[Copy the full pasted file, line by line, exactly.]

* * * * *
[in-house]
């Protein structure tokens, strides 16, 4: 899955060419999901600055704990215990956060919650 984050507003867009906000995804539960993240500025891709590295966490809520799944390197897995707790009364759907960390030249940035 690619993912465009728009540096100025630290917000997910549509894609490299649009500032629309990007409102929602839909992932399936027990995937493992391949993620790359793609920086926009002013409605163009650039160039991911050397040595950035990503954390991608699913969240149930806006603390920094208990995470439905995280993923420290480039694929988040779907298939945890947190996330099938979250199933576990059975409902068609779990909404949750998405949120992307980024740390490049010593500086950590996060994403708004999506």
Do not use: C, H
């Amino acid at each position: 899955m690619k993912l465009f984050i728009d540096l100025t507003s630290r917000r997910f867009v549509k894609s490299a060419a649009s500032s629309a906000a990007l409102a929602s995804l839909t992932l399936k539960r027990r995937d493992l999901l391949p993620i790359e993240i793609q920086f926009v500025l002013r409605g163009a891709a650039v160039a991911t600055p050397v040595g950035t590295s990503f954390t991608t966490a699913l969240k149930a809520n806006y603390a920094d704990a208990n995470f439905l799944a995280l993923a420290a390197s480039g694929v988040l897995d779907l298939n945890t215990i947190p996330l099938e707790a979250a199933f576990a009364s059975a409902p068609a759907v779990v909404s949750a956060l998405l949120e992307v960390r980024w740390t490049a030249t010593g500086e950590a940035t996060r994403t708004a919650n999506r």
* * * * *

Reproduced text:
[in-house]
């Protein structure tokens, strides 16, 4: 899955060419999901600055704990215990956060919650 984050507003867009906000995804539960993240500025891709590295966490809520799944390197897995707790009364759907960390030249940035 690619993912465009728009540096100025630290917000997910549509894609490299649009500032629309990007409102929602839909992932399936027990995937493992391949993620790359793609920086926009002013409605163009650039160039991911050397040595950035990503954390991608699913969240149930806006603390920094208990995470439905995280993923420290480039694929988040779907298939945890947190996330099938979250199933576990059975409902068609779990909404949750998405949120992307980024740390490049010593500086950590996060994403708004999506």
Do not use: C, H
């Amino acid at each position: 899955m690619k993912l465009f984050i728009d540096l100025t507003s630290r917000r997910f867009v549509k894609s490299a060419a649009s500032s629309a906000a990007l409102a929602s995804l839909t992932l399936k539960r027990r995937d493992l999901l391949p993620i790359e993240i793609q920086f926009v500025l002013r409605g163009a891709a650039v160039a991911t600055p050397v040595g950035t590295s990503f954390t991608t966490a699913l969240k149930a809520n806006y603390a920094d704990a208990n995470f439905l799944a995280l993923a420290a390197s480039g694929v988040l897995d779907l298939n945890t215990i947190p996330l099938e707790a979250a199933f576990a009364s059975a409902p068609a759907v779990v909404s949750a956060l998405l949120e992307v960390r980024w740390t490049a030249t010593g500086e950590a940035t996060r994403t708004a919650n999506r």